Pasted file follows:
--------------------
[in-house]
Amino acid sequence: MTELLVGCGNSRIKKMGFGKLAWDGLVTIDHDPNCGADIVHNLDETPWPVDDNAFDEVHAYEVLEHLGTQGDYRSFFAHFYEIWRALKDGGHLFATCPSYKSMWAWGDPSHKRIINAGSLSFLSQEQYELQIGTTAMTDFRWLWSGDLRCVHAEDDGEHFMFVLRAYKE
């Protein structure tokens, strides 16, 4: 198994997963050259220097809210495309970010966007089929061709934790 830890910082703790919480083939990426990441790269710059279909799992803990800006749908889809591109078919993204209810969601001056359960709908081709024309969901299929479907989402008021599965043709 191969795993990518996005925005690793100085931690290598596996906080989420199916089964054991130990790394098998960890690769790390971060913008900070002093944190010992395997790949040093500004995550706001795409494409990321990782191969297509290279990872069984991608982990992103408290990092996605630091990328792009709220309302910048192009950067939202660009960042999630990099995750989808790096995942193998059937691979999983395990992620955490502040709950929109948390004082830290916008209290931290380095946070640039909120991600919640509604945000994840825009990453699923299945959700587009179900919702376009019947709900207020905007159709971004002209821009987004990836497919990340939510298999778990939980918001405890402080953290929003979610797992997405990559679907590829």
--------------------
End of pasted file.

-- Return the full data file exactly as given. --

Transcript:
[in-house]
Amino acid sequence: MTELLVGCGNSRIKKMGFGKLAWDGLVTIDHDPNCGADIVHNLDETPWPVDDNAFDEVHAYEVLEHLGTQGDYRSFFAHFYEIWRALKDGGHLFATCPSYKSMWAWGDPSHKRIINAGSLSFLSQEQYELQIGTTAMTDFRWLWSGDLRCVHAEDDGEHFMFVLRAYKE
């Protein structure tokens, strides 16, 4: 198994997963050259220097809210495309970010966007089929061709934790 830890910082703790919480083939990426990441790269710059279909799992803990800006749908889809591109078919993204209810969601001056359960709908081709024309969901299929479907989402008021599965043709 191969795993990518996005925005690793100085931690290598596996906080989420199916089964054991130990790394098998960890690769790390971060913008900070002093944190010992395997790949040093500004995550706001795409494409990321990782191969297509290279990872069984991608982990992103408290990092996605630091990328792009709220309302910048192009950067939202660009960042999630990099995750989808790096995942193998059937691979999983395990992620955490502040709950929109948390004082830290916008209290931290380095946070640039909120991600919640509604945000994840825009990453699923299945959700587009179900919702376009019947709900207020905007159709971004002209821009987004990836497919990340939510298999778990939980918001405890402080953290929003979610797992997405990559679907590829």